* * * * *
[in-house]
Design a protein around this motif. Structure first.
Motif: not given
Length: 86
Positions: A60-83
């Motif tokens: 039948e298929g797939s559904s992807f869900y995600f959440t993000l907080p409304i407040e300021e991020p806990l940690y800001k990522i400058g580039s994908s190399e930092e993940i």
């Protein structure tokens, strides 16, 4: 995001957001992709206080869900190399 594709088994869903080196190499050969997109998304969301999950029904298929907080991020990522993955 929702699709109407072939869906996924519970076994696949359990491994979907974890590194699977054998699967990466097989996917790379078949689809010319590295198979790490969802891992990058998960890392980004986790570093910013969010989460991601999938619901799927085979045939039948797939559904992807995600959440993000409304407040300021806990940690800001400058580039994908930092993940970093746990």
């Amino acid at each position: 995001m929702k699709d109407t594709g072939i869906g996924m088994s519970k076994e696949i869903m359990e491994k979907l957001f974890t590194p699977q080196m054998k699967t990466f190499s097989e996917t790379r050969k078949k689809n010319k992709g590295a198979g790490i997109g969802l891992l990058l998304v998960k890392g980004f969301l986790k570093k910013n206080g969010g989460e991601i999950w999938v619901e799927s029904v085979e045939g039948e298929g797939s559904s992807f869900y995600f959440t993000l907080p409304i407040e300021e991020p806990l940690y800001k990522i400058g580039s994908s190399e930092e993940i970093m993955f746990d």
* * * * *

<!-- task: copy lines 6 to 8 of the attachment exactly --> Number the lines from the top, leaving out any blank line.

């Motif tokens: 039948e298929g797939s559904s992807f869900y995600f959440t993000l907080p409304i407040e300021e991020p806990l940690y800001k990522i400058g580039s994908s190399e930092e993940i």
């Protein structure tokens, strides 16, 4: 995001957001992709206080869900190399 594709088994869903080196190499050969997109998304969301999950029904298929907080991020990522993955 929702699709109407072939869906996924519970076994696949359990491994979907974890590194699977054998699967990466097989996917790379078949689809010319590295198979790490969802891992990058998960890392980004986790570093910013969010989460991601999938619901799927085979045939039948797939559904992807995600959440993000409304407040300021806990940690800001400058580039994908930092993940970093746990």
């Amino acid at each position: 995001m929702k699709d109407t594709g072939i869906g996924m088994s519970k076994e696949i869903m359990e491994k979907l957001f974890t590194p699977q080196m054998k699967t990466f190499s097989e996917t790379r050969k078949k689809n010319k992709g590295a198979g790490i997109g969802l891992l990058l998304v998960k890392g980004f969301l986790k570093k910013n206080g969010g989460e991601i999950w999938v619901e799927s029904v085979e045939g039948e298929g797939s559904s992807f869900y995600f959440t993000l907080p409304i407040e300021e991020p806990l940690y800001k990522i400058g580039s994908s190399e930092e993940i970093m993955f746990d």